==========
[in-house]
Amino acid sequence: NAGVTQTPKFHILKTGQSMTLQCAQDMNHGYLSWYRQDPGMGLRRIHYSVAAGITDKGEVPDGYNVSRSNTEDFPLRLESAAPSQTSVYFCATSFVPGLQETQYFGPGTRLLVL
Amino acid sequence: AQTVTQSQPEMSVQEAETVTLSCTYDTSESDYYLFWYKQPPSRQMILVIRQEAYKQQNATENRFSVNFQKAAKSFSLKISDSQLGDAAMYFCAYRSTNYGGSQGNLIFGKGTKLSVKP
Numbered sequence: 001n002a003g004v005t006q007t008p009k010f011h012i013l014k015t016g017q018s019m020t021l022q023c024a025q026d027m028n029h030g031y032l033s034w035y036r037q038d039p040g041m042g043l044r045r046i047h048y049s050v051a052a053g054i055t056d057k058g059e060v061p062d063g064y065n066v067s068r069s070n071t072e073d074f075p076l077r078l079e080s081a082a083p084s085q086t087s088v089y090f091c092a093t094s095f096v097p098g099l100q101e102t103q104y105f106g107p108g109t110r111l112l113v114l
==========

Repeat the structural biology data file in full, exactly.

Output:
[in-house]
Amino acid sequence: NAGVTQTPKFHILKTGQSMTLQCAQDMNHGYLSWYRQDPGMGLRRIHYSVAAGITDKGEVPDGYNVSRSNTEDFPLRLESAAPSQTSVYFCATSFVPGLQETQYFGPGTRLLVL
Amino acid sequence: AQTVTQSQPEMSVQEAETVTLSCTYDTSESDYYLFWYKQPPSRQMILVIRQEAYKQQNATENRFSVNFQKAAKSFSLKISDSQLGDAAMYFCAYRSTNYGGSQGNLIFGKGTKLSVKP
Numbered sequence: 001n002a003g004v005t006q007t008p009k010f011h012i013l014k015t016g017q018s019m020t021l022q023c024a025q026d027m028n029h030g031y032l033s034w035y036r037q038d039p040g041m042g043l044r045r046i047h048y049s050v051a052a053g054i055t056d057k058g059e060v061p062d063g064y065n066v067s068r069s070n071t072e073d074f075p076l077r078l079e080s081a082a083p084s085q086t087s088v089y090f091c092a093t094s095f096v097p098g099l100q101e102t103q104y105f106g107p108g109t110r111l112l113v114l